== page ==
Merlot – seduction in a glass
If Merlot were a person, it would be either Charlize Theron, or Cary Grant – oozing with suave sophistication, always perfectly composed, and with the ability to charm the birds out of the trees.
The name “Merlot” is generally believed to be derived from the French word, “merle”, meaning “blackbird.” Whether it was because the blue-black skin of the grape resembled the plumage of the bird, or because the creature was particularly fond of these fruity, juicy grapes, we shall really never know. Choose your own romantic notion on this one.
What we do know, however, is that Merlot is both widely grown and consumed, either as a single varietal, or as a blending agent. Depending on when the grapes are picked, will make a huge difference to the style of the wine – pick early and the wine maintains its acidity, is lighter in body, and ages very well, with lashings of fruit. Late harvesting produces wine with muscle, high tannins, and a Cabernet-style feel to it. If only by nature of the climate and long growing season, the South African Merlot falls somewhere in the middle, with a refined balance of bountiful fruit and sophisticated tannins.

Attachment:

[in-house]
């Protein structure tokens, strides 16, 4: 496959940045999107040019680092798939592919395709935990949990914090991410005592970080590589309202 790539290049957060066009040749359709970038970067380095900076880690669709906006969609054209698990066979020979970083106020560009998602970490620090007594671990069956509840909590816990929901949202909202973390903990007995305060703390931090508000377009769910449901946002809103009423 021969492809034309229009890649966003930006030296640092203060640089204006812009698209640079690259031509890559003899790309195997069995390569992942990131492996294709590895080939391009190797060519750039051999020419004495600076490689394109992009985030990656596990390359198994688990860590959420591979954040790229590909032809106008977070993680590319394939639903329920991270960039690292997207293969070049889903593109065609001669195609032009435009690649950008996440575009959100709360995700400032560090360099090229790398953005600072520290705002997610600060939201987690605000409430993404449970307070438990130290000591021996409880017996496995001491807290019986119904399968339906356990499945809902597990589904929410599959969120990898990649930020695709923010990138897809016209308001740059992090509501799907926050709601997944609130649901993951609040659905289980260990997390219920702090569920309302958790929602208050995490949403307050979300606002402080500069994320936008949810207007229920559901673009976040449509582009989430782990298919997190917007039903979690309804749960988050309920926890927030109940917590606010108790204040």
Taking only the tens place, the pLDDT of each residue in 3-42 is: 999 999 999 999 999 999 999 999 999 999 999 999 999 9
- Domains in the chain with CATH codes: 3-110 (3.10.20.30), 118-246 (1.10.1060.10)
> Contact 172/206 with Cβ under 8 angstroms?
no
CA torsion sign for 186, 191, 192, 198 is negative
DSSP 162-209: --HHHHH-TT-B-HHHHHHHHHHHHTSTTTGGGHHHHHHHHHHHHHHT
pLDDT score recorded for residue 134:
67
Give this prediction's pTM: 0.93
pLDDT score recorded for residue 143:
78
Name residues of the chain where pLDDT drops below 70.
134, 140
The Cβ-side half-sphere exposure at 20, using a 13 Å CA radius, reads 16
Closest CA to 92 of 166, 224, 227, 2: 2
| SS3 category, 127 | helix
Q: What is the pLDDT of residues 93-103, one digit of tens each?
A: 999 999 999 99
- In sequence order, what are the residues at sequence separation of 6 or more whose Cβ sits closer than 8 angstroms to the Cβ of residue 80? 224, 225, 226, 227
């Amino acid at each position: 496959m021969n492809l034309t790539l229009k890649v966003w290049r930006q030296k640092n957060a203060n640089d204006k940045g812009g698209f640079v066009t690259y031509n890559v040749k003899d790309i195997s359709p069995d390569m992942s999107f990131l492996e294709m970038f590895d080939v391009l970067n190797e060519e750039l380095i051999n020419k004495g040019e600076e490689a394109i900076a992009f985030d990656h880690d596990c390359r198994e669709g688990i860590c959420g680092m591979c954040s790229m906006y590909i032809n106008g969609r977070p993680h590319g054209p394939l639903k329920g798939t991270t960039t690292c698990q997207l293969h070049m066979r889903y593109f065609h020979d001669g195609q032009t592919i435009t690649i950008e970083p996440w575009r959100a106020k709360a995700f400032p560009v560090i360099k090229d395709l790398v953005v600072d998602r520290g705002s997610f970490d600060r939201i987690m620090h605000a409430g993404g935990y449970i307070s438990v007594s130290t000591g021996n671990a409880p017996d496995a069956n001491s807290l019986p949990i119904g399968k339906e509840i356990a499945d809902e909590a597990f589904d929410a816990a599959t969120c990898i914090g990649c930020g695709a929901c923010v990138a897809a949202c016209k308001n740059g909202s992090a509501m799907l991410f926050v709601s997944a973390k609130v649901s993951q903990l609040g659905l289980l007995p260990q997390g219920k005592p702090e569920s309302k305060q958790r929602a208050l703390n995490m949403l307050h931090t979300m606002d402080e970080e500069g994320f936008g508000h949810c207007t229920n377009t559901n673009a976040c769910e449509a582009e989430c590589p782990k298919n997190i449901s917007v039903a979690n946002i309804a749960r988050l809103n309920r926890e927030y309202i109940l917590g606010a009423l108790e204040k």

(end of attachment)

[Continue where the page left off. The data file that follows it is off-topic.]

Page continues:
Expect a deep ruby red colour; aromas of plums and dark berries, which carry on to the taste. Some Merlots release a fabulously rich Christmas pudding flavour, matched with a smooth velvety texture and a lingering aftertaste.
As a big red wine, Merlot undoubtedly goes well with meat. But don’t stop there, the Merlot wears many masks, and can work well with salmon, mushrooms, and peppery vegetables, such as chard and radishes. Stay with the fish theme, and a lighter Merlot will pair very nicely with prawns and scallops, wrapped in bacon or prosciutto.
Strong cheeses will stifle the fruit flavours in the Merlot, and also be aware of chilli peppers and capsicums in spicy foods, that could turn the wine quite bitter.
My advice? Drink Merlot with lamb, poultry, or friends around a log fire. Or if you’re fortunate enough, like me, share a bottle with Charlize Theron.